The Perth Summit also agreed to combat people smuggling and human trafficking by clamping down on illicit criminal organizations and bringing the perpetrators of these crimes to justice, while protecting and supporting the victims of trafficking.
Grouping Reforms
The 11th CHOGM indirectly sent out the message that the grouping of 54 former British colonies would not allow any kind of discrimination on the basis of one’s sex. The call for reforms by the Eminent Persons’ Group (EPG) led by former Malaysian Prime Minister Abdullah Ahmad Badawi needs to be given a serious thought.
The leaders at the Perth meeting agreed to adopt one third of the 106 recommendations of an eminent persons group to make the grouping more relevant in current times, but virtually rejected the proposal for a human rights commissioner. Faced with a tough task of ushering in reforms, leaders of the 54-nation bloc had asked their foreign ministers to work overnight on recommedations of the 11-member EPG, which had gone public with its criticism.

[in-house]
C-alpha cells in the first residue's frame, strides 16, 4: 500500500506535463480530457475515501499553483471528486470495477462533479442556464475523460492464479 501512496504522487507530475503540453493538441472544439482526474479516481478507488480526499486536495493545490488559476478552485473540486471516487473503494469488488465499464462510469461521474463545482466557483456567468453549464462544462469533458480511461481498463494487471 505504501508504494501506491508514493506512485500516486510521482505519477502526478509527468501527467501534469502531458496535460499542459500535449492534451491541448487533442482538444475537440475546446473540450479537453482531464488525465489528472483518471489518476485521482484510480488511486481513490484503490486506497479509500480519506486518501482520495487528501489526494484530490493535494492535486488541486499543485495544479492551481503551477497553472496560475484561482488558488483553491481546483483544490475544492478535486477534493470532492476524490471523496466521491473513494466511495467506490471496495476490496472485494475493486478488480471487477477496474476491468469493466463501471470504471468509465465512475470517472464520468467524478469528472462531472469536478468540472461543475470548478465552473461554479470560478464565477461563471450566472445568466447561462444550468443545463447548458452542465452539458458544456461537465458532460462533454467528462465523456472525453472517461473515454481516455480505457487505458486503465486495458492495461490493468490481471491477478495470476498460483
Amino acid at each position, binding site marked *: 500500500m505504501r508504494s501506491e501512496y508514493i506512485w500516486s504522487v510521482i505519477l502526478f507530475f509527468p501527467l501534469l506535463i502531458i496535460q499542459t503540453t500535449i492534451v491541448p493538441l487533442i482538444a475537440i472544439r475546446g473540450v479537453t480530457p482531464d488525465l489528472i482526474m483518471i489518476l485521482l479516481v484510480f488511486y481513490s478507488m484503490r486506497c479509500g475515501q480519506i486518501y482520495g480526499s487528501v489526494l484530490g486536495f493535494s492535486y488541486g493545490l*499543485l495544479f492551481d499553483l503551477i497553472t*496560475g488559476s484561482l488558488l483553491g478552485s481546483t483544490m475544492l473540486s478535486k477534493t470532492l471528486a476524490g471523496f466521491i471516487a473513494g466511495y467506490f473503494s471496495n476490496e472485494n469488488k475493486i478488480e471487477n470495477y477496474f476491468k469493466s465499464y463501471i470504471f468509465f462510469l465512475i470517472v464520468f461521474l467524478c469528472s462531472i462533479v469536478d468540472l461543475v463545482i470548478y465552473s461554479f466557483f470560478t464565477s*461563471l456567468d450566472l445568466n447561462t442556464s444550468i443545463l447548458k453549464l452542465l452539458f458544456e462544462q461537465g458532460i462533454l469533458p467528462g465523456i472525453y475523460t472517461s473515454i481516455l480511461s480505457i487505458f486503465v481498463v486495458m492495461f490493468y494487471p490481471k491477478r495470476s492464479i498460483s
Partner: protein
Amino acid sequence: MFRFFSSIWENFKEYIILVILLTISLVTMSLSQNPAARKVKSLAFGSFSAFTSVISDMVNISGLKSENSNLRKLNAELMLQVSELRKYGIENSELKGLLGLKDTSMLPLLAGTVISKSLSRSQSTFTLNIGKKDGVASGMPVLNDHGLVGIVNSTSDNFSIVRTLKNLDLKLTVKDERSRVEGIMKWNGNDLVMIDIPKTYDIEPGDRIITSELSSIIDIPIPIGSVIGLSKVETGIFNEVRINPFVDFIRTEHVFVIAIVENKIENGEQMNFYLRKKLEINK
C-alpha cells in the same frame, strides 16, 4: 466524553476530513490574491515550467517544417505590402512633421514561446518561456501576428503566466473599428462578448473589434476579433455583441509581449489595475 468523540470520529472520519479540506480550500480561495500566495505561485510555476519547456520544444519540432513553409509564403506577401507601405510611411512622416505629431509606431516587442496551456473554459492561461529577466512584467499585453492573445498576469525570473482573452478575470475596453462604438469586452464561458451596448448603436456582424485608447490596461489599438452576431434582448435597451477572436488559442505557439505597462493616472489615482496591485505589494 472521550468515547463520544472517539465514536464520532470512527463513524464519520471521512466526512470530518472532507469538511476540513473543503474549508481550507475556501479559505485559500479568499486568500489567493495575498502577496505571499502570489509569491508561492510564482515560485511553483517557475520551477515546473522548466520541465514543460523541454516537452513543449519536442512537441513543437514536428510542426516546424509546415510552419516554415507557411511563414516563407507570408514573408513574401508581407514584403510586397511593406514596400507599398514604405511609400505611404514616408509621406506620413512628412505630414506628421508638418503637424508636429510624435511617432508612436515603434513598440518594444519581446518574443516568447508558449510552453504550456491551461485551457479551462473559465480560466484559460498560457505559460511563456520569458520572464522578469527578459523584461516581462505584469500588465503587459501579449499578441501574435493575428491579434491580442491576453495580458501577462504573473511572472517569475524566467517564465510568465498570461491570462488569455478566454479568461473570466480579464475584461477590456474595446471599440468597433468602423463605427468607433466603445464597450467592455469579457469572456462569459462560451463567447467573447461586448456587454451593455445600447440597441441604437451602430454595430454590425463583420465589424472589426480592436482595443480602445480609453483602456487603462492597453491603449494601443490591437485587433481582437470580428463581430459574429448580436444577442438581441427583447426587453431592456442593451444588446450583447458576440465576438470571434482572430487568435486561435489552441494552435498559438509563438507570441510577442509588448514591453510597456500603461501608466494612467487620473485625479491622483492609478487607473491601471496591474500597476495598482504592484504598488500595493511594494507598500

Climate Change
With many of the Commonwealth nations being low-lying islands, the Perth meeting agreed on a slew of measures to promote action on climate change, including a push to find better ways to fund mitigation and adaptation projects.
Maldives President Mohammed Nasheed said a number of the EPG recommendations touched upon the issue of climate change and all have been accepted by the CHOGM leaders.
The issue of climate change is not of the future. It is happening now and we must deal with it now
India's Development Agenda
India returns with a feeling of satisfaction from the CHOGM, having managed to keep the 54-nation grouping focused on the development agenda.